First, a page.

Though much of your septic system sits out of sight and out of mind beneath the surface of the yard, not all of it is concealed below ground. Septic systems have visible manhole-like covers and vent pipes that can jut several feet out of the ground. While there are things you should never bury or build over these unsightly components of your septic system, there are safe methods for concealing them. From ornamental landscaping to garden gnomes, plenty of creative ideas can help to disguise these waste-management eyesores. Ahead, find out what you can do (and what you shouldn’t do) to mask those ugly septic tank covers and vents.
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1. Do use faux rocks.
While placing a large rock on top of your septic tank cover is a no no, there’s nothing wrong with setting a lightweight fake rock on top of it. Faux rocks, such as this artificial garden stone from Arlmont & Co at Wayfair, are made to fit over the top of the septic tank cover. Since these fake boulders are made from lightweight fiberglass, they won’t apply excess weight to the septic system, and they’re easy to remove when it’s time to service the system.
2. Don’t use heavy objects.
Avoid putting boulders or heavy pavers on top of the septic cover. Some septic tank covers are designed to support only about 100 to 125 pounds of weight. Even if you have a septic tank cover that can hold hundreds of pounds, that cover must remain accessible for periodic service, so whatever you place on top of it must be relatively easy to remove.
3. Do plant ornamental grasses.
One way to mask the visible components of a septic system is to create a screen of ornamental grasses. Ornamental grasses have shallow root systems that won’t wreak havoc on your septic system, but grow tall enough to create an effective visual barrier to hide septic tank covers and vent pipes. Just be prepared to replace them occasionally if they must be dug up for servicing the tank.
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4. Don’t plant large shrubs or trees.
While you might be tempted to plant shrubs and trees around your septic system’s visual components to hide them, doing so can cause major problems down the road. Many shrubs and trees develop large root systems as they get bigger that can grow into your septic field and its plumbing, leading to damage and a hefty repair bill down the road. Septic companies typically say to avoid planting any shrub or tree within a minimum of 20 feet of the septic field.
5. Do put a planter over the lid.
Disguise that unsightly septic system lid by putting a planter over top of it and filing it with flowers. One of the best types is a half-barrel style planter that’s large enough to cover the entire septic tank cover. Look for a planter such as this plastic barrel from Breakwater Bay at Wayfair that has a hollow bottom and is larger in diameter than the cover, so that it rests on the ground around the cover as opposed to on the cover itself.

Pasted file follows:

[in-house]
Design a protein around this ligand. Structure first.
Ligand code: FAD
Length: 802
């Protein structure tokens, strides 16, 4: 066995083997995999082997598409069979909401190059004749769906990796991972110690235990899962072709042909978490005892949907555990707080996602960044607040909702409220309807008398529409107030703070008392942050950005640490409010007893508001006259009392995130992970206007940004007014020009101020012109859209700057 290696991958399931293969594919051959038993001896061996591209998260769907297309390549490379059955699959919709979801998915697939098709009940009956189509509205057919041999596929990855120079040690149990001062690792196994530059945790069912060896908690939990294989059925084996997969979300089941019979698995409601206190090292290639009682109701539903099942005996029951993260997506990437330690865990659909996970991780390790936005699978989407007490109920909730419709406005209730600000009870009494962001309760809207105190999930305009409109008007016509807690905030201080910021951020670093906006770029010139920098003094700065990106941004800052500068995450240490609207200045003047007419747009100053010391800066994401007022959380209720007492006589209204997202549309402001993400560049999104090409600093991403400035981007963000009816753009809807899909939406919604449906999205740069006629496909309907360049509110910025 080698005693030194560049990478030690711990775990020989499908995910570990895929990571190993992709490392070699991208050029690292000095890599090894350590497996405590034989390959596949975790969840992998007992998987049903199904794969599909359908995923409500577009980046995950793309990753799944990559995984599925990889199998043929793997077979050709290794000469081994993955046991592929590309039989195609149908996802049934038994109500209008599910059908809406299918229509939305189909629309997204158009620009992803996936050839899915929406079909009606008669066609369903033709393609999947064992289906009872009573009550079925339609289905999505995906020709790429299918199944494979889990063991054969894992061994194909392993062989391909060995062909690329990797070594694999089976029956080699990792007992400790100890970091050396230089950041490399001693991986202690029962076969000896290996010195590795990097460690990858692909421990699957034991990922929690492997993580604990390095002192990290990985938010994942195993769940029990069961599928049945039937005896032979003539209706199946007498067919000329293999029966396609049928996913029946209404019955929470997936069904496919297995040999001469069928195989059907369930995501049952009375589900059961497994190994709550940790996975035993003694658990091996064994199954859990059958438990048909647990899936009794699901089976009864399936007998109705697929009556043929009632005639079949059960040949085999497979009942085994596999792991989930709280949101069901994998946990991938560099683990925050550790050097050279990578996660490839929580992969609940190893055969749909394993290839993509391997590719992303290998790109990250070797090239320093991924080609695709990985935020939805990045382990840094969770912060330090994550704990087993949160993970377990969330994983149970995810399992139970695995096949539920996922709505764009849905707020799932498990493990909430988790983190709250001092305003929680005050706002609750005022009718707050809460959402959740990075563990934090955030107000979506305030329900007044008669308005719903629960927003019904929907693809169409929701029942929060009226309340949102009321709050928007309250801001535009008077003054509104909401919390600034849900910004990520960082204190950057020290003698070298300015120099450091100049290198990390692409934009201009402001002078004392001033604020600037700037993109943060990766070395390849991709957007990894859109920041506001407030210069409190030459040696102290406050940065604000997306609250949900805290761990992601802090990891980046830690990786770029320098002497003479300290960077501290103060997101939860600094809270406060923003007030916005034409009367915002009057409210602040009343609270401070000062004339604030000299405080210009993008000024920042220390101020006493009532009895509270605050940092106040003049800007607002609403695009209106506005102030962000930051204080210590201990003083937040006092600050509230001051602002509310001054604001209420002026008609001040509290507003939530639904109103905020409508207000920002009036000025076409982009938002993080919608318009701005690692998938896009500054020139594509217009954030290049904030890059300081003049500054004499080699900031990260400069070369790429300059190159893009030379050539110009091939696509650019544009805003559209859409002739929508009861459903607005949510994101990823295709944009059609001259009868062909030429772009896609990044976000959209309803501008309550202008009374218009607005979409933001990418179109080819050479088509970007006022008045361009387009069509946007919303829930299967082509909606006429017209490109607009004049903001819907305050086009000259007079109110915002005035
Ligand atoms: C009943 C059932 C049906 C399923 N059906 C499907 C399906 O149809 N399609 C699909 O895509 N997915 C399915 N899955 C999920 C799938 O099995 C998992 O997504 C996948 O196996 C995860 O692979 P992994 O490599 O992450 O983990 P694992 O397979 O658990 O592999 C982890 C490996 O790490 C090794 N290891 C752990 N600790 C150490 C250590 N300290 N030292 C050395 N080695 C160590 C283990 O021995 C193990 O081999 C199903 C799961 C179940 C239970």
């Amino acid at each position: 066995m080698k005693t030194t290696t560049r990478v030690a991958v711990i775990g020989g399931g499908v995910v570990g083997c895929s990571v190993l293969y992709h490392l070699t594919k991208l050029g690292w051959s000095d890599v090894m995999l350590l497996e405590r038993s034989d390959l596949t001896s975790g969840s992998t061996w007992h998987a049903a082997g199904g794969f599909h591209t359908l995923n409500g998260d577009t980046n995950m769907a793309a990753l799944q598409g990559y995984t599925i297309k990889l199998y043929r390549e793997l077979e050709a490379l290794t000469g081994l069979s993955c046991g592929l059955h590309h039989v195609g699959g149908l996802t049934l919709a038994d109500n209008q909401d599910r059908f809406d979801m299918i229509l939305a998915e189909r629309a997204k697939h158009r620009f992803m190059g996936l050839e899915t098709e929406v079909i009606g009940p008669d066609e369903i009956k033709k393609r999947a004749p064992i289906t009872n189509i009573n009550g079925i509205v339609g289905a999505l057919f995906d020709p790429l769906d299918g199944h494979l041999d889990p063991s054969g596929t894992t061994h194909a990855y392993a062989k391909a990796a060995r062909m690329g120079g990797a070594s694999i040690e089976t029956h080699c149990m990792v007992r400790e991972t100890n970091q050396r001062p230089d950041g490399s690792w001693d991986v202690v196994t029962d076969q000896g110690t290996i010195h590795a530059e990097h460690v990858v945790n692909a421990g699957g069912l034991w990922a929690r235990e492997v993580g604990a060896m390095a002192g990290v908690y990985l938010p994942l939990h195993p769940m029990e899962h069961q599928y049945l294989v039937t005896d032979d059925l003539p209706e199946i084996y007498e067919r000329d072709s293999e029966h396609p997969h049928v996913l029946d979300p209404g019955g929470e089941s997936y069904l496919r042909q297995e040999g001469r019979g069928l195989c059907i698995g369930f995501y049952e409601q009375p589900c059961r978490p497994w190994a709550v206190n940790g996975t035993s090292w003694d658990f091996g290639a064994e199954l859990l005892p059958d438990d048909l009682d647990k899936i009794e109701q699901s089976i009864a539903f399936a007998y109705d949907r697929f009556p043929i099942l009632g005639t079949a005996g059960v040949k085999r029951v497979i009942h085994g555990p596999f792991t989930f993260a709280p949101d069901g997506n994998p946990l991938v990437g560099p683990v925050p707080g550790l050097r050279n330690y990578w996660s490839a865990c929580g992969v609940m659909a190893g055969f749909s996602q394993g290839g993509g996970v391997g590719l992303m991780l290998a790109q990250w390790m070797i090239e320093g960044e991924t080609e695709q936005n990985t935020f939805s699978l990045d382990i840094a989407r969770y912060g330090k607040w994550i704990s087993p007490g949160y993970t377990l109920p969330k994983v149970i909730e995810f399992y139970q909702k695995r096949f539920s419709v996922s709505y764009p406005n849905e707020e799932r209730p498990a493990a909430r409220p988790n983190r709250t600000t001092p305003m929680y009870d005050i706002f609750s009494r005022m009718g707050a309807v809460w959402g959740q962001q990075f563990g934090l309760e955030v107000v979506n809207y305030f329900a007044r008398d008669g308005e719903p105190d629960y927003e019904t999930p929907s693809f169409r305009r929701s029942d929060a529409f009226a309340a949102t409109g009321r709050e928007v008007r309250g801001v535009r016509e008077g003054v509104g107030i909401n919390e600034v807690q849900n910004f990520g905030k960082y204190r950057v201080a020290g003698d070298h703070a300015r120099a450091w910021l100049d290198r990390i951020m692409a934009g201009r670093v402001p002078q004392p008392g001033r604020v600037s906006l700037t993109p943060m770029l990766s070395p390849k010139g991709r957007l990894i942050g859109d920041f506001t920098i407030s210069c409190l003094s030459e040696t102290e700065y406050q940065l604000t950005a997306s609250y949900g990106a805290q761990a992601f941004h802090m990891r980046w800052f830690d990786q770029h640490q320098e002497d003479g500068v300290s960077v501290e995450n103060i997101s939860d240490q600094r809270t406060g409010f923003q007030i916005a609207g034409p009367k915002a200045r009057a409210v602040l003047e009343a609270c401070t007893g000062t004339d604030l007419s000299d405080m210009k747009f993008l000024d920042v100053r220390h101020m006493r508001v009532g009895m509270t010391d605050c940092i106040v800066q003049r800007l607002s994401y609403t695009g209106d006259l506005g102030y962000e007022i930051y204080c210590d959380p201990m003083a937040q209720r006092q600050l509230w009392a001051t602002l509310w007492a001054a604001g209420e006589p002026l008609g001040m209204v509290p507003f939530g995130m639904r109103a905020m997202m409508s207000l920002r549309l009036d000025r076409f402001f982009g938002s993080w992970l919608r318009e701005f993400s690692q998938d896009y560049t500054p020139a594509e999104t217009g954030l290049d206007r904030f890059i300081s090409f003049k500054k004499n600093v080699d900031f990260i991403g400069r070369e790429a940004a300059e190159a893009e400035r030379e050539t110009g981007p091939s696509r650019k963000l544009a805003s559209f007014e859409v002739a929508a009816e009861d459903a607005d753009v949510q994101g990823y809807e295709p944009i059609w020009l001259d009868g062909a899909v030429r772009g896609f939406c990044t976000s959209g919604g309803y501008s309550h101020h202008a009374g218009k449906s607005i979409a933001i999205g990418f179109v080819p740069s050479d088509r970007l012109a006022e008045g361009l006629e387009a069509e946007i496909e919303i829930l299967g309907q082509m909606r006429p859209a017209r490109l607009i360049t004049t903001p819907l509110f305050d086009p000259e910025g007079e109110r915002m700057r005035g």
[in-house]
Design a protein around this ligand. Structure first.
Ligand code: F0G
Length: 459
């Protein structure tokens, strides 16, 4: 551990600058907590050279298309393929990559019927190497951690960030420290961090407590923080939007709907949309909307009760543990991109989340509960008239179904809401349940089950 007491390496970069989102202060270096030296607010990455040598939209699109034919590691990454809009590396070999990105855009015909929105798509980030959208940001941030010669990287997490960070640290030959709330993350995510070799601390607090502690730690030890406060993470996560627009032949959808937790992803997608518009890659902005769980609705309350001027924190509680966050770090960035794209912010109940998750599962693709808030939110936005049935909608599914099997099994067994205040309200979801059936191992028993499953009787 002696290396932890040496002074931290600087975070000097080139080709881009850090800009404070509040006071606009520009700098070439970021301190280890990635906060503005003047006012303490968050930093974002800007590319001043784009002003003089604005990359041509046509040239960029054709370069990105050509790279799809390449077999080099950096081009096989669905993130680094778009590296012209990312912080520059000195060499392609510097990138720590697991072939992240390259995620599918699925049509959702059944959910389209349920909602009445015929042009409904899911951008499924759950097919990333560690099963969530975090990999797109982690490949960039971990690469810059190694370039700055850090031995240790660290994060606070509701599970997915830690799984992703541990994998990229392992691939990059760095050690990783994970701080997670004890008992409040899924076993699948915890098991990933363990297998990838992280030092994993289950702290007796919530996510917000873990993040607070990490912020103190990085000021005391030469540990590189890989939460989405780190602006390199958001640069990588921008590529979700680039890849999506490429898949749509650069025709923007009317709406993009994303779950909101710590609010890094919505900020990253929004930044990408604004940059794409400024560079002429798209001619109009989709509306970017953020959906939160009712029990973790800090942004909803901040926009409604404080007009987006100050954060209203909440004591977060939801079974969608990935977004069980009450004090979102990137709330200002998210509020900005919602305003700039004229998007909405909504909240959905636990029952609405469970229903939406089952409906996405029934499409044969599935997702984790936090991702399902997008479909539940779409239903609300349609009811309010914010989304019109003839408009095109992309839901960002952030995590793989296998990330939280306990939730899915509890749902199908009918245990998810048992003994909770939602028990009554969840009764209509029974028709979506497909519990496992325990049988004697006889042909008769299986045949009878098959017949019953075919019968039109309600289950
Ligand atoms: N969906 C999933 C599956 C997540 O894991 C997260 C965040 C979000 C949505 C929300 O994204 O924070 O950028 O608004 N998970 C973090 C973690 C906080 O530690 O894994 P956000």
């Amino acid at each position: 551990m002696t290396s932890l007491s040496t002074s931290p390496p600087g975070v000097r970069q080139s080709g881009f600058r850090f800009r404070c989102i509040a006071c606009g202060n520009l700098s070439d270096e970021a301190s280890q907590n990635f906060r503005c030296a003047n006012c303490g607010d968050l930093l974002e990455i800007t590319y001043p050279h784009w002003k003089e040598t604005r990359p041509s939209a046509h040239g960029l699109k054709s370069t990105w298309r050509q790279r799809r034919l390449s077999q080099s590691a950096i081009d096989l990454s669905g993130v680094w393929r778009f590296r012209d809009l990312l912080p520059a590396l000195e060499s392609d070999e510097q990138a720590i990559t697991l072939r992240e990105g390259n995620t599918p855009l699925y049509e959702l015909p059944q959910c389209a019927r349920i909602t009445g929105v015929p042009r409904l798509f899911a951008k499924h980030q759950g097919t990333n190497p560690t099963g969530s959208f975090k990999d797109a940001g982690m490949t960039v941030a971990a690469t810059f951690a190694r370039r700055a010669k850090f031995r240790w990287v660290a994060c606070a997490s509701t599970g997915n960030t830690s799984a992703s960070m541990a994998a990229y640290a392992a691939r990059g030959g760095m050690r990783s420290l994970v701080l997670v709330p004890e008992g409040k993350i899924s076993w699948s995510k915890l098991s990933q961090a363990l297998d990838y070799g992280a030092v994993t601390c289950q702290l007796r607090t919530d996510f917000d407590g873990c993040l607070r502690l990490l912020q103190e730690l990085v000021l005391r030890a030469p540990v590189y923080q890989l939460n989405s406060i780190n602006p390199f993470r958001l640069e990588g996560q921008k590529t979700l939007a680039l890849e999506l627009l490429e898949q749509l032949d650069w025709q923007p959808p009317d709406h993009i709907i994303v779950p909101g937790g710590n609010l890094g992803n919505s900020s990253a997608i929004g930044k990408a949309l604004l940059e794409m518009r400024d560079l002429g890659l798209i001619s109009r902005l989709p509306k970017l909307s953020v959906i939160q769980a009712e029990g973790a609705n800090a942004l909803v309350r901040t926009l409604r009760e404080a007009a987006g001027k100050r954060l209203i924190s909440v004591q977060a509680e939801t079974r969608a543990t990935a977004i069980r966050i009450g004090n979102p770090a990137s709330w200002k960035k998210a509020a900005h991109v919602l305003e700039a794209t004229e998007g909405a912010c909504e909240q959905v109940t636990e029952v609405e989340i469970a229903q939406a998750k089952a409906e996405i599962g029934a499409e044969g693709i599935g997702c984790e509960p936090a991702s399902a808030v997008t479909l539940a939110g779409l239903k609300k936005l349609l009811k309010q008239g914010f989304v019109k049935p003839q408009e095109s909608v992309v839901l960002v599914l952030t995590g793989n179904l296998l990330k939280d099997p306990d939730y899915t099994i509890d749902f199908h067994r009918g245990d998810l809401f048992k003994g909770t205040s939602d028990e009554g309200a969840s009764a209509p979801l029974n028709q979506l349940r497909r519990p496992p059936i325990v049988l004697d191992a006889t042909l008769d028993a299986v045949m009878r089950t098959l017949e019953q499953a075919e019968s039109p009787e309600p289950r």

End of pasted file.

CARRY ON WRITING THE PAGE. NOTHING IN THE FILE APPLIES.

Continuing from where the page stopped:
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6. Don’t bury the septic tank lid.
Never bury a septic tank lid. Doing so makes it harder for a technician to access it when it needs service and also allows rainwater to drain into the septic tank, which can cause the system to overflow into the yard or even back up into the house. Always make sure the septic tank lid sits a few inches above the ground. If grass grows around the area, be sure to keep it trimmed enough around the access covers to find them when needed.
7. Do use an ornamental vent cover.
Septic system ventilation pipes can extend several feet out of the ground, making them a particularly unsightly component of a septic system. Consider buying an ornamental vent cover to disguise it. These covers come in a variety of looks, including bird houses, bird baths, and even landscape lighting.
8. Don’t block your septic system vent.
That septic system vent that extends out of the ground in your yard may be an eyesore, but it serves an important role in the operation of the system. Blocking it can prevent methane gas and carbon dioxide from venting out of the system, trapping these gases inside the tanks. As the pressure created by these gases builds up, it can cause the septic tank to back up and even cause a backflow into the home.
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9. Do decorate with small lawn ornaments.
While you should never place heavy weight on your septic tank lid, you can place smaller objects that weigh less than 100 pounds on top of them. Decorate your septic tank lid with a fun yard ornament such as a garden gnome. A small yard ornament will mask the lid while being lightweight enough to remove when it’s time to service the septic system.
10. Don’t build over the septic system.
While you might be tempted to build something over the top of the septic tank cover to hide it, such as a gazebo, shed or deck, the weight of these structures can damage the surrounding septic field and make it impossible to access the septic system for regular maintenance. With that in mind, avoid building any large permanent structures over your septic system.
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11. Do get artistic.
If a faux rock, lawn ornament, or planter isn’t in the budget, then consider turning that ugly septic tank cover into art. Paint the cover a solid color to blend in with the surroundings or add a fun pattern or design on the cover. If your cover is concrete, consider using small tiles to create an attractive mosaic pattern on the lid.
12. Don’t build a fence.
While building a fence around the septic system covers and vents might seem like a great way to hide it from sight, doing so could damage the system. Fences require posts that extend several feet into the ground. There’s a good chance you could dig into the PVC pipes in your septic field while digging the holes for these posts.